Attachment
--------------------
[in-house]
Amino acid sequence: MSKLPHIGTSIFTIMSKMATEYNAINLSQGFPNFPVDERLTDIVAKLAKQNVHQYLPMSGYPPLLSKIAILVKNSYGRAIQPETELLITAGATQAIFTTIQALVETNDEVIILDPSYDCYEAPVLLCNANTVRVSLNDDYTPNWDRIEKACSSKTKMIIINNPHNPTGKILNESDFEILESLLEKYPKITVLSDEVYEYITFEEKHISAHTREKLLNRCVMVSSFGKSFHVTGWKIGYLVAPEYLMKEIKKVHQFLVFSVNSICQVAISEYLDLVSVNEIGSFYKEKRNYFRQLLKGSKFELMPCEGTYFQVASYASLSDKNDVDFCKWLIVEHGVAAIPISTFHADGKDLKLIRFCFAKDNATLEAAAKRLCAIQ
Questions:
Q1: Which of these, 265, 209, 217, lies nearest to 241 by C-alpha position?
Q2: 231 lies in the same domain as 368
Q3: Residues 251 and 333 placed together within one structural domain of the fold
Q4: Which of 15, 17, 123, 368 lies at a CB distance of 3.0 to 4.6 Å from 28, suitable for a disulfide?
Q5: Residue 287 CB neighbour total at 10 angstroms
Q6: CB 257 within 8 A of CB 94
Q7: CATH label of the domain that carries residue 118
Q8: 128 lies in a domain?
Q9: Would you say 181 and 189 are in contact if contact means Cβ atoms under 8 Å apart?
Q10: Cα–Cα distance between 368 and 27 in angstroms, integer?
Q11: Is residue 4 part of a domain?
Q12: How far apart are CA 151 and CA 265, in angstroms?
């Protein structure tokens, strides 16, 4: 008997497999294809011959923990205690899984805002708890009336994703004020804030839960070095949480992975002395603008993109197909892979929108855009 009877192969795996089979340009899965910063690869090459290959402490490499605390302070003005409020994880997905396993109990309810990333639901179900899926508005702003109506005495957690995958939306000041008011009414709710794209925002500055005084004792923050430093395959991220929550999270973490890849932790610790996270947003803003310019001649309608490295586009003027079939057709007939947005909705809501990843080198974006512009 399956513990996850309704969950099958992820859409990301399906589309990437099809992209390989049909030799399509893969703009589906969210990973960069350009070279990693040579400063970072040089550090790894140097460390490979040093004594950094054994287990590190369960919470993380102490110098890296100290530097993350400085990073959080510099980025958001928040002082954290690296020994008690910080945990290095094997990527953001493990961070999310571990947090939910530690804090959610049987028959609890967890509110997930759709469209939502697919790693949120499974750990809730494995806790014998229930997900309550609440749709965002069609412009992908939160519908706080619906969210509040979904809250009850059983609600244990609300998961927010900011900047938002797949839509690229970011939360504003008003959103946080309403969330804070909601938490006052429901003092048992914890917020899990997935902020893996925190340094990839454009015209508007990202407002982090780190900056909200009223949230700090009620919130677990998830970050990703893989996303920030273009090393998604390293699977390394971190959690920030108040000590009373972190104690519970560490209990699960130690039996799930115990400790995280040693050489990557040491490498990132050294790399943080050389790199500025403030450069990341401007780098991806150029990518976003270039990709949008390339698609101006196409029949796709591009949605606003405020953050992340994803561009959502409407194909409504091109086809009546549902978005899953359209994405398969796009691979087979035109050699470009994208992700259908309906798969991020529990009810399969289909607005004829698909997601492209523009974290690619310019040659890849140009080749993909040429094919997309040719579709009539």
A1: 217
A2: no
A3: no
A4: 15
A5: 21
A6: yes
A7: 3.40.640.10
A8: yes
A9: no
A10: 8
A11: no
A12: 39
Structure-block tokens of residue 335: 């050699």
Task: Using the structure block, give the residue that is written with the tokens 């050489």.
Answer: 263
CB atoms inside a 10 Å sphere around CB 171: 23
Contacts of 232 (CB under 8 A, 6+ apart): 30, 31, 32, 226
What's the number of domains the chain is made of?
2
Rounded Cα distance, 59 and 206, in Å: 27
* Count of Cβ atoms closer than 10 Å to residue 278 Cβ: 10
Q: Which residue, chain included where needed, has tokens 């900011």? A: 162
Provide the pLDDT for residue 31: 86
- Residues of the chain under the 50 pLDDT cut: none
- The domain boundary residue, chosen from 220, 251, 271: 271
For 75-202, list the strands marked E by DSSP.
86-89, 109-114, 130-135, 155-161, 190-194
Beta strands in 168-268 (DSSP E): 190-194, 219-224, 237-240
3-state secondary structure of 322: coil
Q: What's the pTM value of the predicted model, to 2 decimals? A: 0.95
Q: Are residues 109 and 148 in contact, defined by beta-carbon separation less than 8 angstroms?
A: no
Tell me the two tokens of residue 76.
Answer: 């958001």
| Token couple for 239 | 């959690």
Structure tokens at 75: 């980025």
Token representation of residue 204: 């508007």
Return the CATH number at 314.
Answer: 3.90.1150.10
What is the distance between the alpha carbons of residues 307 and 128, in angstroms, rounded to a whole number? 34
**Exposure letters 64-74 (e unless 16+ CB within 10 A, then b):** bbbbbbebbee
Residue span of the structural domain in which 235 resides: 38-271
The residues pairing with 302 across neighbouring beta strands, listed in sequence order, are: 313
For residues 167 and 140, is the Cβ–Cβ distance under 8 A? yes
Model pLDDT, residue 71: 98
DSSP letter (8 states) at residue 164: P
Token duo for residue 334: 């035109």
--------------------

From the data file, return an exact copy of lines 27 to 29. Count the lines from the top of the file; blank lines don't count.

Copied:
A11: no
A12: 39
Structure-block tokens of residue 335: 């050699």